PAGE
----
BEFORE we get to Christmas’ actual week this is a good point to ponder. Most of us will be “required” to attend family gatherings, mingle, and get along with relatives that the rest of the year we would cross the street to see let alone eat with. So what are we to do? The end of the year is a time we realize that what was okay this year should not be okay in the new year. It is okay to say no to what hurts you. You are in control! It is YOUR life and you should be able to be happy and live your life. The podcast that Alex and I recorded last week (link on the homepage) discusses this issue but here are some tips laid out in a blog post for you.
SET BOUNDARIES! This is more for you than others but yes, set them for others as well. Appropriate and healthy boundaries should always be a part of your life no matter the situation. There are personal, business, work, intimate, and many other types of boundaries. The way you interact with your significant other at home in the privacy of you bedroom is not the way you interact with them in the mall or at a religious service. The way you interact with co-workers is different from how you interact with your significant other. When you are headed for a contentious family get-together this holiday season, set some clear boundaries for yourself. Set a time limit for how long you will be at the gathering. Plan ahead of time who you will associate with the majority of the time at the gathering. Make a game plan on how you will get away from that uncle, grandmother, cousin, etc. that bothers you most of all. You can always, phone a friend or other confidant to talk you through the rough patches. Having a clear escape plan is key as is lining up who you can talk with when things get intense. Identify that one relative that feels similarly and can go out for a walk or drive with you when it gets to be too much.
SET A BUDGET! One other element of the holidays that seems to impact all of us is buying presents. You should never go into debt to give people presents. Draw this hard line with yourself before, BEFORE, you go shopping. Make the budget and stick to it. One of the major causes of holiday depression and anxiety is over spending during the season and knowing those bills are coming in January. Or worse yet, you’ve spent the money in your account that was to have paid your rent on January 1st. Everyone out here will understand if your gift is not expensive. Give what you can and leave it at that without fear. If someone at Christmas time is going to complain or be offended by what you give them, my opinion is that you shouldn’t have given them anything. Seriously, a gift is given with thought and purpose in nearly every instance. If you are going to fuss at me for what I give you, I’ll take it back and use it myself. Especially if it’s a restaurant gift card. Seriously. Determine how much money you have that can spend and divide that between those who will receive your gifts.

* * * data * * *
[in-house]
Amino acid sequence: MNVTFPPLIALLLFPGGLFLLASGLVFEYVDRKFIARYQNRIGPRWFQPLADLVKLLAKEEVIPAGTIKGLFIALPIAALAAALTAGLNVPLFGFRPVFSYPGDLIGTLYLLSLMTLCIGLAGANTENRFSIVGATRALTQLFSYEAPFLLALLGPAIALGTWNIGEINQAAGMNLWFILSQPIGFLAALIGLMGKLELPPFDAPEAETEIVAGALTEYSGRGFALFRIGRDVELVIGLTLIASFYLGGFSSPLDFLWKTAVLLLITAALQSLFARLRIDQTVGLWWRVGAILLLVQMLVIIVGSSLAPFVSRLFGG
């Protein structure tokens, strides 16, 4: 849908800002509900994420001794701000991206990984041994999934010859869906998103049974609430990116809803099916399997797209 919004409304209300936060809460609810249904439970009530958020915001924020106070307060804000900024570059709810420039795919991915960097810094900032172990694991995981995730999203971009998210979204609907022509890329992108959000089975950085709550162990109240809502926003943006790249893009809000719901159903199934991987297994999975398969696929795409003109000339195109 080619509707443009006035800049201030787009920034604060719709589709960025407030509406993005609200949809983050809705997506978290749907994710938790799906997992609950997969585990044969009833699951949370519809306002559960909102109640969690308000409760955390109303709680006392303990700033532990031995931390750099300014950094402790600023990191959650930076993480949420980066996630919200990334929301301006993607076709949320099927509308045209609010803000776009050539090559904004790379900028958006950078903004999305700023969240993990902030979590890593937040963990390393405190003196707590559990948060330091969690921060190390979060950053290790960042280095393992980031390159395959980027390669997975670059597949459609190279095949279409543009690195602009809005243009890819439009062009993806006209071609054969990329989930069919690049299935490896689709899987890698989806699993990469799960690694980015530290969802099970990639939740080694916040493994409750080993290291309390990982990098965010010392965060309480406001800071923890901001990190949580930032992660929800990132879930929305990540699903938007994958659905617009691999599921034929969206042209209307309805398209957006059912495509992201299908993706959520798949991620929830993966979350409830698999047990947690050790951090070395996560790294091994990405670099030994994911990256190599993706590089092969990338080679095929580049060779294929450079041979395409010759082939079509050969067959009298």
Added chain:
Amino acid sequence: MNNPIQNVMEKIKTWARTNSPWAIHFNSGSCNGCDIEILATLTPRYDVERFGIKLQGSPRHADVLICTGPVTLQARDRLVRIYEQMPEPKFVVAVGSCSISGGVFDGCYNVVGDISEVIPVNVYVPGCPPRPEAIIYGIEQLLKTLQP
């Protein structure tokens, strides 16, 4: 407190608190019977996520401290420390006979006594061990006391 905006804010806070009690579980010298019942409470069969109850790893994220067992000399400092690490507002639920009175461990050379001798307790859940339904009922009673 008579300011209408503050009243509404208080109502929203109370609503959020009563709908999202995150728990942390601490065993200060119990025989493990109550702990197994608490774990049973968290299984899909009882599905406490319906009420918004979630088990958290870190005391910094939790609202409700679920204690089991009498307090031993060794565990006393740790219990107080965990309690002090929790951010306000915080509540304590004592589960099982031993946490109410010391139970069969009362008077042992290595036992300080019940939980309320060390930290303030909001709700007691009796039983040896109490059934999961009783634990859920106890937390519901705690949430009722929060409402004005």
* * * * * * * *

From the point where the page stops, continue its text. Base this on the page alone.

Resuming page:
LIMIT FOOD AND DRINK INTAKE! It is a necessity during this season to manage your food consumption if it is something that concerns you on an every day basis. Another leading cause of depression and anxiety during the holidays is what people are eating and the quantity. Again we will talk about boundaries and limits. Set limits on how much you will eat of specific foods, what you can not worry about, and what you need to avoid at all costs. Do not set yourself up for a bad January because you are breaking your own rules during Christmas break. Also set some healthy and appropriate boundaries on how much you drink if you imbibe. Nothing would be worse than being “that” uncle, cousin, dad, grandmother, etc. Even in the best times someone who overindulges can ruin a party for the group but at a holiday party, that’s a show stopper. Just remember, healthy limits and everything in moderation.
GRIEF AND LOSS! This is one topic that gets all of us in varying degrees. Loss is a factor that we all must deal with multiple times throughout our lives. It can come in the form of death, divorce, break-up, lay-off, or any number of ways that we lose something that has meaning for us. The key to experiencing loss is to manage how much we allow this loss to affect the rest of our life. There are many techniques and what works for one may not work for another. The critical element that does help everyone is that you are honest about your feelings and the impact that the specific loss is having on you throughout the year. During the holidays this grief and loss can raise its head and consume you and any chance at a happy holiday season. In most situations it helps to reach out and find someone to talk with to make sense of the loss. A reminder though, seek a therapist that can help guide you in your journey with loss. Especially if the family as a whole is struggling with loss as well. There are groups and organization that specialize in grief counseling. A quick Google search leave a comment I can help will get you in touch.
FIND YOUR CENTER! It is important before you attend holiday events that you meditate on where you want to be and all of the boundaries, goals, and restrictions you’ve placed on yourself. The good news is that people survive the holidays every year and you can too. You made it through last year right? So you can make it through this year. If last year was rough meditate on what could have been better, what you could do better or different this year, or what “traditions” you should avoid this time around. Spending some time focusing on you, your feelings, and what your expectations are for the holidays is important. Set expectations that are reasonable and attainable. If your [relative] has never been kind to you do not expect them to change this year. If your [relative] is always bringing a dish to dinner that you loath do not expect them to bring anything different. Set yourself up for success this holiday season. Be good, be happy! Namaste!